Thanks!
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Old Feb 10, 2002, 04:01 AM
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Seattle
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Quote:
Originally posted by jrb
How have you straightened (removed the swirl) the flow? If the flow has much swirl to it, the smoke will defuse very quickly and you won't get a nice streamline effect.
The thing that came to mind was a stack of corrogated cardboard. Cutting a series of cardboard pieces about an inch wide and stacking them to fill the wind tunnel should align the flow.

Quote:
Originally posted by jrb
I used to use some chemical (its clear) that turns to a white smoke in the presense of air; don't remember what its called. I would stick a piece of balsa into the chemical and could get a point source of smoke or a "sheet" of smoke.
Heating and cooling shops use a smoke generator that consists of a small glass tube and a hand bulb. The ends of the tube snap off and the hand bulb pulls air through the chemicals inside. Each squeeze of the bulb produces a thin stream of white smoke. They use it to track airflow in forced air systems.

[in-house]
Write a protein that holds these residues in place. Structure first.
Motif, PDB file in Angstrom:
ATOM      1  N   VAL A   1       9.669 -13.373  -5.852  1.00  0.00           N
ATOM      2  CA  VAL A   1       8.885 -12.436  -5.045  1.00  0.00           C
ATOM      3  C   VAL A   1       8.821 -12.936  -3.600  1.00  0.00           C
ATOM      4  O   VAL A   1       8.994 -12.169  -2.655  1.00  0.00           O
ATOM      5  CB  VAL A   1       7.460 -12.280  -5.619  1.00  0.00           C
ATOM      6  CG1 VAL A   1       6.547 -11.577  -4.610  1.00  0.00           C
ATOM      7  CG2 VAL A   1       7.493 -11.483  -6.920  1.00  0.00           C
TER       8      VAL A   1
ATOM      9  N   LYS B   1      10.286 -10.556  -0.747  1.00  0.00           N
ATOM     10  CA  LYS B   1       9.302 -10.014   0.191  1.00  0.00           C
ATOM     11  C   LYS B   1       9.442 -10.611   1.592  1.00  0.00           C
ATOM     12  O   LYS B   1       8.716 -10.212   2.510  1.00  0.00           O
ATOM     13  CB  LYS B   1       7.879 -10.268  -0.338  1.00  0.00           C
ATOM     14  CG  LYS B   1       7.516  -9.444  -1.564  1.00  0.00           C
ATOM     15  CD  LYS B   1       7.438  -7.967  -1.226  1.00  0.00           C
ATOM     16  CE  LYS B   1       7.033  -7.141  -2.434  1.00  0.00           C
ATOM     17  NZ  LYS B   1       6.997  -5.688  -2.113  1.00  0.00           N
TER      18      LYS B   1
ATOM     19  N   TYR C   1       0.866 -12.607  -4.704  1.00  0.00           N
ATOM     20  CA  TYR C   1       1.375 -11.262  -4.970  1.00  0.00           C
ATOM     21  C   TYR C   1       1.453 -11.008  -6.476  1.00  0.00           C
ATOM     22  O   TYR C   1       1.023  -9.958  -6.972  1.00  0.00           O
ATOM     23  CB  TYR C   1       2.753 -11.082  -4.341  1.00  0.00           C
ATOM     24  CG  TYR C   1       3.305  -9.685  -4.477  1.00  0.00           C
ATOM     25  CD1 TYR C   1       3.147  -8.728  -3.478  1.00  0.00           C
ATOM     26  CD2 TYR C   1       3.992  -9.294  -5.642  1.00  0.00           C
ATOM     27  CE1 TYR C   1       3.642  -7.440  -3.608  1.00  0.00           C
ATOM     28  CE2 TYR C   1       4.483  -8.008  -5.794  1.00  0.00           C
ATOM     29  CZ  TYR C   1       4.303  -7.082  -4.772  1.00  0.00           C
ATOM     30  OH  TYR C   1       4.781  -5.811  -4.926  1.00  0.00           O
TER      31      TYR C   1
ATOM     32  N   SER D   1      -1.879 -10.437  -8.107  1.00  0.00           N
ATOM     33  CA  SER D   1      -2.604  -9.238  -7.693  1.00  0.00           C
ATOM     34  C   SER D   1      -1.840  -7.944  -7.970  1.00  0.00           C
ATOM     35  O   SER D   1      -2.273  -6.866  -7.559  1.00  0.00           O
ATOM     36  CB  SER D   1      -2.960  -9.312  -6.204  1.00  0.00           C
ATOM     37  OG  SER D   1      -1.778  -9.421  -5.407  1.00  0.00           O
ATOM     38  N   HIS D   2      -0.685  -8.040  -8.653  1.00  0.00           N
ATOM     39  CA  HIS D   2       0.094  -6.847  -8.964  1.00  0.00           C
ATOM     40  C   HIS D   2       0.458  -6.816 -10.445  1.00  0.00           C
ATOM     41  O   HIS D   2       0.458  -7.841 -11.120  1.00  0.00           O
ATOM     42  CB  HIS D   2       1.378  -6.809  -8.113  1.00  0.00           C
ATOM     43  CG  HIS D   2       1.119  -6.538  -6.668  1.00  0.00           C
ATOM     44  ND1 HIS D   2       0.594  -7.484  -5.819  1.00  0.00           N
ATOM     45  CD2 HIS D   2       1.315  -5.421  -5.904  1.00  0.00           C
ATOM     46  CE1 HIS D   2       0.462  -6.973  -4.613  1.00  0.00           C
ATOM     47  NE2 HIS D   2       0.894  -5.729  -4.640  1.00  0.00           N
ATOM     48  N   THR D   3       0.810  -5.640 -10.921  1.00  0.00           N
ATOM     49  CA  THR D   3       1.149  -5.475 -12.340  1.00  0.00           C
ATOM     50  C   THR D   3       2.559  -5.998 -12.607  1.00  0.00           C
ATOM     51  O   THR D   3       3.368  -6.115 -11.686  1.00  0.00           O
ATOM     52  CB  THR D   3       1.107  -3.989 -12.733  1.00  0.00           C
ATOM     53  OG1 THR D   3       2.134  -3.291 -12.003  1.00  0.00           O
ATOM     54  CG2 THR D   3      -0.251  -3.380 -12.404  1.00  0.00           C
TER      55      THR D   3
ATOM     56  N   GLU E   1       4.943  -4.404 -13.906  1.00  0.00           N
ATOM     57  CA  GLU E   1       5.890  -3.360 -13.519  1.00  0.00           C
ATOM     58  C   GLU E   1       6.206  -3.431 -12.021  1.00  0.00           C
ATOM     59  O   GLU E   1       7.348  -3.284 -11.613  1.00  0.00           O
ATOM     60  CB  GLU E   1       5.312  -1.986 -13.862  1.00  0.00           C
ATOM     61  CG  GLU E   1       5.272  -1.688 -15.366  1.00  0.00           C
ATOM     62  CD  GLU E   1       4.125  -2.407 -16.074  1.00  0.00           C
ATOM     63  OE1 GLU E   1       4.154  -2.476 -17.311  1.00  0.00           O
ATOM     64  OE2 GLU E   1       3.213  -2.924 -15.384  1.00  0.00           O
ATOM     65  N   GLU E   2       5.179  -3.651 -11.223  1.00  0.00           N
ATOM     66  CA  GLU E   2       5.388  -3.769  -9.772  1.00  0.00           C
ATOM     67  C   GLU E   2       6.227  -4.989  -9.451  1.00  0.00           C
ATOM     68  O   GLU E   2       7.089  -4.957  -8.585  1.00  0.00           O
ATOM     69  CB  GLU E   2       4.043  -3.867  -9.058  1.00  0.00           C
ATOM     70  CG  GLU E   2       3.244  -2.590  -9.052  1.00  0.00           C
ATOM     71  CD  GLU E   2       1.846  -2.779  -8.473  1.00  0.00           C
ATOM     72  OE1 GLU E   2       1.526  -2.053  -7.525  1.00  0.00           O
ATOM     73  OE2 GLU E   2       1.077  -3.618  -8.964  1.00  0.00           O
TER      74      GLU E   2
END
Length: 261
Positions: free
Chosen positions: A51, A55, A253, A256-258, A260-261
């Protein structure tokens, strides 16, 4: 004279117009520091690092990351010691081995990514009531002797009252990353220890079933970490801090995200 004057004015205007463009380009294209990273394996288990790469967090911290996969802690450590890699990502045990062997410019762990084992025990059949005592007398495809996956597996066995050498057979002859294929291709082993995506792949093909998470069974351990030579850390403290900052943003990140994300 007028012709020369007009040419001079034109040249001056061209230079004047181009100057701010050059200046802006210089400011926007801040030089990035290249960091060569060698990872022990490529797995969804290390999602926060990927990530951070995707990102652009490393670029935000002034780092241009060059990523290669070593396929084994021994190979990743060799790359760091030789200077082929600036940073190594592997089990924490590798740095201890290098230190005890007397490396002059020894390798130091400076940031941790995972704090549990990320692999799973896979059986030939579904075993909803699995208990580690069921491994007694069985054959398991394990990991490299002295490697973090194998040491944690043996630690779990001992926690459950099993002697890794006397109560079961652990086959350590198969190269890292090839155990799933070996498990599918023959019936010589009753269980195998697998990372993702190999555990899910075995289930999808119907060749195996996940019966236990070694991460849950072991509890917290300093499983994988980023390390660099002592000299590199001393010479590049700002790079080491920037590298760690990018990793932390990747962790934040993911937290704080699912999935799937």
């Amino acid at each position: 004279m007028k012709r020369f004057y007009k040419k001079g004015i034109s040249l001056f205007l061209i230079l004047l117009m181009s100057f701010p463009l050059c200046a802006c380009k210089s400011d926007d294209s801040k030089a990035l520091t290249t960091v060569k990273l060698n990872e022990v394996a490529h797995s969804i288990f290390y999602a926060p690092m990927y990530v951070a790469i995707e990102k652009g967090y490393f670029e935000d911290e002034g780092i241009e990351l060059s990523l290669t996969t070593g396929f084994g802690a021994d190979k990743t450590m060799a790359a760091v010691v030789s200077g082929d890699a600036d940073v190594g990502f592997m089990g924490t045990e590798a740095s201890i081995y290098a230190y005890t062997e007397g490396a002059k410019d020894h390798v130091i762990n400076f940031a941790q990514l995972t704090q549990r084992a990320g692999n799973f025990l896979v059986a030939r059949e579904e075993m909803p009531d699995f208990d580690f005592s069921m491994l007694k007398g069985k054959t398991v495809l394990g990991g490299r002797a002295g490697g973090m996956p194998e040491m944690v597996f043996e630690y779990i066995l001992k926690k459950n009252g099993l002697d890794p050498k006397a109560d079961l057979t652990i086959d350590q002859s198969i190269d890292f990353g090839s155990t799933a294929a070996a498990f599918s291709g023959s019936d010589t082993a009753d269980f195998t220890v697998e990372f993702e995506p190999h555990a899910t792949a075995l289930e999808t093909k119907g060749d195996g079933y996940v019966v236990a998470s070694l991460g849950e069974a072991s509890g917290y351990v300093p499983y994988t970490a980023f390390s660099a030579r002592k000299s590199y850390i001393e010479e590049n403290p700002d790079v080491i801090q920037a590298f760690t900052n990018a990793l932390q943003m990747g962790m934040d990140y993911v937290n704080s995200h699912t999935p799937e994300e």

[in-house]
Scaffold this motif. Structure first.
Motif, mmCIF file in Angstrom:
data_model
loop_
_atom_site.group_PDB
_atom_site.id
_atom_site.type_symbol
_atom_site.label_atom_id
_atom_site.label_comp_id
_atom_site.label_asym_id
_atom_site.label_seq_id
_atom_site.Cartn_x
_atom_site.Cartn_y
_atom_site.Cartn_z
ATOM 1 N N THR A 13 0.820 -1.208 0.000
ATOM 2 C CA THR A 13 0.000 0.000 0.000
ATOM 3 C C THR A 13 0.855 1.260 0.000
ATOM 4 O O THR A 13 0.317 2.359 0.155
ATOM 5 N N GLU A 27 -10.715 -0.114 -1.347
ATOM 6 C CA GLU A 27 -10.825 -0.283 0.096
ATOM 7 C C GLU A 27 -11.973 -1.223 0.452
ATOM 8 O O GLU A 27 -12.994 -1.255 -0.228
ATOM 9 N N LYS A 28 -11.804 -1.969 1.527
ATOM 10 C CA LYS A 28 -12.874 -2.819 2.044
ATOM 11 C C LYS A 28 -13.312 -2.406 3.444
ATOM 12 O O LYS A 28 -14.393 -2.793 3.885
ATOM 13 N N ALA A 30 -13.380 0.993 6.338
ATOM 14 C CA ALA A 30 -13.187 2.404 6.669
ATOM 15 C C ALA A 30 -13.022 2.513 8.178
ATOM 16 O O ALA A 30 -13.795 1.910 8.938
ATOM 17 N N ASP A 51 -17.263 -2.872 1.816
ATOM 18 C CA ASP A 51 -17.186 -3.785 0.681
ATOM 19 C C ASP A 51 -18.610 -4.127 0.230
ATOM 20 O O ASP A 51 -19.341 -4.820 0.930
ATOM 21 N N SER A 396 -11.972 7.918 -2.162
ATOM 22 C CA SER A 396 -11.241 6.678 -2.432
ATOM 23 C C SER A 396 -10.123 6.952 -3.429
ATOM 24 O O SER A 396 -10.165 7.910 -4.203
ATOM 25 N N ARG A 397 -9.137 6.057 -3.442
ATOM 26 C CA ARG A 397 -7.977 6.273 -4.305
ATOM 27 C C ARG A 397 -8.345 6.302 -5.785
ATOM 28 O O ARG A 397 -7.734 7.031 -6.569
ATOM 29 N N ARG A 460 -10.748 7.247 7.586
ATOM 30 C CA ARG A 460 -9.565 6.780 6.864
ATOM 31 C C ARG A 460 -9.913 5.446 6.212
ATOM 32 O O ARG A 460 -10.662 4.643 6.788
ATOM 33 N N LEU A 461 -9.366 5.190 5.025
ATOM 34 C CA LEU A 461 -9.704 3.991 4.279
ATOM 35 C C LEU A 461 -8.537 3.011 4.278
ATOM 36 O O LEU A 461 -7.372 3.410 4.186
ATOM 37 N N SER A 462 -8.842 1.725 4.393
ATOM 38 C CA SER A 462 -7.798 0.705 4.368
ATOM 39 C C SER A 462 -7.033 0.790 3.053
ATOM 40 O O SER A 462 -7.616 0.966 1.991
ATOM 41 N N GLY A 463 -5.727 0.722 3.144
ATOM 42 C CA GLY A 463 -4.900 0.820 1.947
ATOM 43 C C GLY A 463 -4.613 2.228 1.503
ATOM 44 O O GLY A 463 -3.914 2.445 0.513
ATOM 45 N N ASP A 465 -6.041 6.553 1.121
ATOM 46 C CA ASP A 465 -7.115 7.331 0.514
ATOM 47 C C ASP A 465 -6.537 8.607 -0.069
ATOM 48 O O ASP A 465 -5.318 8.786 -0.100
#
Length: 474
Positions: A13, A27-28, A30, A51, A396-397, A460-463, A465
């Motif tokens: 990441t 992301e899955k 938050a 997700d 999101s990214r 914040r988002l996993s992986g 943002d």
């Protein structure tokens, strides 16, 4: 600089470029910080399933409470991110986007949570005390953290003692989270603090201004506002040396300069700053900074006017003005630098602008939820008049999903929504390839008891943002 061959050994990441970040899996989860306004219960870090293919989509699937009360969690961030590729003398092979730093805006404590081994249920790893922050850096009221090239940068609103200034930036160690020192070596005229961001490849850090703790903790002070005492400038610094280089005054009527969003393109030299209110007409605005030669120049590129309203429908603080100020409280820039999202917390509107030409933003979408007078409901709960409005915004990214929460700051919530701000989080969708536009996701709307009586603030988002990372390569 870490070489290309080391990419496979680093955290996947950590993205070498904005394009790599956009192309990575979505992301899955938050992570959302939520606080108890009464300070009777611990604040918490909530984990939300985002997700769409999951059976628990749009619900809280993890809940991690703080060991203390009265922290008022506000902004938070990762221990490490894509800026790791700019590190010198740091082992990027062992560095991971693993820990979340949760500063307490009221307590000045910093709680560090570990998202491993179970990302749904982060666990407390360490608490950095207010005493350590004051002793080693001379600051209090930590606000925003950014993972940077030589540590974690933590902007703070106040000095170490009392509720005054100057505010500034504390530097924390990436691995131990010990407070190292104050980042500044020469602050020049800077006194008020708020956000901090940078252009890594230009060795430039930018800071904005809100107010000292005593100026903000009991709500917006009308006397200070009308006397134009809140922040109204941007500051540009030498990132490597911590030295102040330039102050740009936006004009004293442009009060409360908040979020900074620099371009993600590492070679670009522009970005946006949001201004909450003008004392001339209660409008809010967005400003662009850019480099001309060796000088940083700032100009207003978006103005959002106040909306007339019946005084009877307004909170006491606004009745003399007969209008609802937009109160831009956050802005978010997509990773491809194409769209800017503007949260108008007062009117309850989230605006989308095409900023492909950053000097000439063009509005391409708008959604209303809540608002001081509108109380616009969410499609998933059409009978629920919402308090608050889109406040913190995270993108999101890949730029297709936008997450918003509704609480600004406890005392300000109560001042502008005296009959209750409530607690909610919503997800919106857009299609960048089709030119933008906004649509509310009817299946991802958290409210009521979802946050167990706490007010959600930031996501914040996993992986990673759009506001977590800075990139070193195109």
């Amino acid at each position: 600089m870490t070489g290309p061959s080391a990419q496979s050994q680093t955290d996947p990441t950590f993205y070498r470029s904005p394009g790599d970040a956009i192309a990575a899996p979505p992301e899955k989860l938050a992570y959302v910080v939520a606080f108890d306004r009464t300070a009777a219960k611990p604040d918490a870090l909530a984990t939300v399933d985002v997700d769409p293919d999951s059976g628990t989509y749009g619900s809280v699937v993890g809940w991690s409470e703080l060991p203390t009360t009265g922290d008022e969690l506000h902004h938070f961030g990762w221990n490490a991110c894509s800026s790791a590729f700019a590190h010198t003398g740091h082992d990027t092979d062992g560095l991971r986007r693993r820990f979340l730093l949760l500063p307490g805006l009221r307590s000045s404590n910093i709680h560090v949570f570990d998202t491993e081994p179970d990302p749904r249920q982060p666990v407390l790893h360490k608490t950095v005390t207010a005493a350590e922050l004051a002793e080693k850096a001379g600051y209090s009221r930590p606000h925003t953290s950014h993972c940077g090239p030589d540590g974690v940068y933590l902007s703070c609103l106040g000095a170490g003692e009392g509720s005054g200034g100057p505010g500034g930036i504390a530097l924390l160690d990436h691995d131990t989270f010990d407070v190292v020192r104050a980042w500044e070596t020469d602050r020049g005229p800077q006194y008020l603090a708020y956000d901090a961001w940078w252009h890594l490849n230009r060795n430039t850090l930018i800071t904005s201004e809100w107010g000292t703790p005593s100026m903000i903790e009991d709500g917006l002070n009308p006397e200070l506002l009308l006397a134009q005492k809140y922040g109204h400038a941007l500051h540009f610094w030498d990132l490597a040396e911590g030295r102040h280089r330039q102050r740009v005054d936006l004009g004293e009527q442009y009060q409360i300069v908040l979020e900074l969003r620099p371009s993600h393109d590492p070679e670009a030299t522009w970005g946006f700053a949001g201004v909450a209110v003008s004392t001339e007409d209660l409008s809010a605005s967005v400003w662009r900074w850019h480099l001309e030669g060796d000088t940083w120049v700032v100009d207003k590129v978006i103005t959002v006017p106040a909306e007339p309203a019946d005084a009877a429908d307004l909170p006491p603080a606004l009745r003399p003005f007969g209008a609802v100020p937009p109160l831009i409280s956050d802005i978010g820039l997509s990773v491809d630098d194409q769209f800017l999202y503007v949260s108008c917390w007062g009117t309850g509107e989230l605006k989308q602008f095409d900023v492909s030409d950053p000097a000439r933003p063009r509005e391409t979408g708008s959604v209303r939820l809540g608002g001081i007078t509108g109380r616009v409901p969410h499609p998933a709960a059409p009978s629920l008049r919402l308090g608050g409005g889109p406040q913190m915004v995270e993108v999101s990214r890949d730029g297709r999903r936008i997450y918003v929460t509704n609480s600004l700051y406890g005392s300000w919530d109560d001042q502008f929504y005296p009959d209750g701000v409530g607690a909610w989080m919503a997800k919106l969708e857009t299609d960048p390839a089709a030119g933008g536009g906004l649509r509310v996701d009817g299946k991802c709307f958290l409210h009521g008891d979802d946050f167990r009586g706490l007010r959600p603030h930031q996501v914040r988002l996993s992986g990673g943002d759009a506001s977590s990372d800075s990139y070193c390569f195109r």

The cheapest way would be to buy a pack of Marlburos. Stick a cig in one end of rubber tubing and stick the bottom half of a bic click pen into the other. The vacuum in the wind tunnel should pull the smoke through the tube. Just inject it into the wind stream upwind of the smoothing vanes.


Silver
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Old Feb 10, 2002, 03:42 PM
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Gladstone, NJ. USA